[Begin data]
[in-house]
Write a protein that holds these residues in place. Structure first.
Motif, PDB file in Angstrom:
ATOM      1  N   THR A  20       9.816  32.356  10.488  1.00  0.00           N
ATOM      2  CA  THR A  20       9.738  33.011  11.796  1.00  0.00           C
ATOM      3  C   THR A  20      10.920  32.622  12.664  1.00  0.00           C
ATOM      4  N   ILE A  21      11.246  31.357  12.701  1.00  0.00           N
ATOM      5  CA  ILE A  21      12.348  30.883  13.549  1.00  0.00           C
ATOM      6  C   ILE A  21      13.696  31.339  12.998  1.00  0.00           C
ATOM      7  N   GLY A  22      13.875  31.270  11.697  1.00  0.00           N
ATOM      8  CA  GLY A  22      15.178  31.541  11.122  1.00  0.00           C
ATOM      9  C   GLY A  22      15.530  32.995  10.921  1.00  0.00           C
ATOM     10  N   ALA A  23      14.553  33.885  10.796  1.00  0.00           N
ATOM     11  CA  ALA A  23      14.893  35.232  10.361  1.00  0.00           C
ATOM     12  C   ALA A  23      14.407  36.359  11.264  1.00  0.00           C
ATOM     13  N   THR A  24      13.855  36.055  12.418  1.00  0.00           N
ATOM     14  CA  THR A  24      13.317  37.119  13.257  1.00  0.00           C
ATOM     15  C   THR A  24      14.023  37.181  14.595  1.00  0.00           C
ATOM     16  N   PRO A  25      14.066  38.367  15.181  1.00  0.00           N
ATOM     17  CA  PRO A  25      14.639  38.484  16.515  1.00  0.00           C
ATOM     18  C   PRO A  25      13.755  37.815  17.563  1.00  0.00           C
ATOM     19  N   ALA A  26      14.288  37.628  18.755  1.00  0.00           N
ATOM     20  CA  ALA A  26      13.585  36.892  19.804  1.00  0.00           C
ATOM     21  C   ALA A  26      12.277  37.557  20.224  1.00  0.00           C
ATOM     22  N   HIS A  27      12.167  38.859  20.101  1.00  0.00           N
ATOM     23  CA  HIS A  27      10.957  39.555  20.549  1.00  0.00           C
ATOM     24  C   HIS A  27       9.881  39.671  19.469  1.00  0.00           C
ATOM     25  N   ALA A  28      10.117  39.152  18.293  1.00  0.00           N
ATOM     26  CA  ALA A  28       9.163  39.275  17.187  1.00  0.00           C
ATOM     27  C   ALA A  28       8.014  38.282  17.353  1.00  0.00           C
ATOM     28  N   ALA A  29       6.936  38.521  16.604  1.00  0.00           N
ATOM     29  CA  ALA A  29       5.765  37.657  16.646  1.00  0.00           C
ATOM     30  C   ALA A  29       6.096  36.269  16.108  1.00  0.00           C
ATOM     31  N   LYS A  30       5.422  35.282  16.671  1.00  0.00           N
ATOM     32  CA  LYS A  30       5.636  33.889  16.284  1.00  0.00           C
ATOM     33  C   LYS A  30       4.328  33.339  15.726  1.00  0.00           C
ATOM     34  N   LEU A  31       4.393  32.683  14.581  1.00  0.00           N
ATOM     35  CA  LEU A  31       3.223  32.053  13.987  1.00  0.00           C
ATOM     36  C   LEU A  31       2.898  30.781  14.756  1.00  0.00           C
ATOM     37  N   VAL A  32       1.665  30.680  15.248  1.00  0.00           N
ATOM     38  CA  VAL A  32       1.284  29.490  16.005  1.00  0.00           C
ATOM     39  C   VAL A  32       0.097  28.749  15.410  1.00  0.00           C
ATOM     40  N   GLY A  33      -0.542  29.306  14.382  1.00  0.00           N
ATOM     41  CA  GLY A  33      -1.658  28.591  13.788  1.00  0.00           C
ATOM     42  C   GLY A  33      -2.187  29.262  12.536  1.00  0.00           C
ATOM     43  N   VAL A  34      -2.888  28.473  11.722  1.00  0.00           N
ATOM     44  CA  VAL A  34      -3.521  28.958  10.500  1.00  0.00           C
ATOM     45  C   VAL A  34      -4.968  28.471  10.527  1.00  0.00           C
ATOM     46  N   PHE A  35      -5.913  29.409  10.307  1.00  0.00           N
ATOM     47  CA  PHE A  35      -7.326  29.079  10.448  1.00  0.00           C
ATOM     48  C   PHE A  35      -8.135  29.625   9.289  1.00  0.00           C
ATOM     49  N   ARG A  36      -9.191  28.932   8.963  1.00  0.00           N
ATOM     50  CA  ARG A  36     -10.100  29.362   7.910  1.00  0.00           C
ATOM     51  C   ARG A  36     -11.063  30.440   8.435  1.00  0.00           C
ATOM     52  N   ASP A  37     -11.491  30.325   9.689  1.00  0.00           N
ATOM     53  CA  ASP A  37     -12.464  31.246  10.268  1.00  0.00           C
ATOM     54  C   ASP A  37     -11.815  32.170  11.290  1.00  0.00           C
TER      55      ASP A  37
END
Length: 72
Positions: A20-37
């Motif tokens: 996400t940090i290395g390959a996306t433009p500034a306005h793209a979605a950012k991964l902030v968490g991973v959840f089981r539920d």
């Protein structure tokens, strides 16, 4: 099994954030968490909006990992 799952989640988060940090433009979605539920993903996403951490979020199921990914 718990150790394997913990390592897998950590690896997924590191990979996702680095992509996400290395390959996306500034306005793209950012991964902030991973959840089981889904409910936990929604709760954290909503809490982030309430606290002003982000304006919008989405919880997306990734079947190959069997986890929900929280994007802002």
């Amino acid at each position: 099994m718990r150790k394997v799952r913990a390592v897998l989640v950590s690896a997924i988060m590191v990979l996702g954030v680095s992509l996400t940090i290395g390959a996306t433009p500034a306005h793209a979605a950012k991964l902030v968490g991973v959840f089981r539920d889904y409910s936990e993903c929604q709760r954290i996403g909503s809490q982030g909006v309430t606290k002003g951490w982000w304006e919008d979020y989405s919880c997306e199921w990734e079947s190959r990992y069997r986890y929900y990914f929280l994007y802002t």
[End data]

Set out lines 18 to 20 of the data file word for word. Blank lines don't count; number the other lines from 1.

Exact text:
ATOM     15  C   THR A  24      14.023  37.181  14.595  1.00  0.00           C
ATOM     16  N   PRO A  25      14.066  38.367  15.181  1.00  0.00           N
ATOM     17  CA  PRO A  25      14.639  38.484  16.515  1.00  0.00           C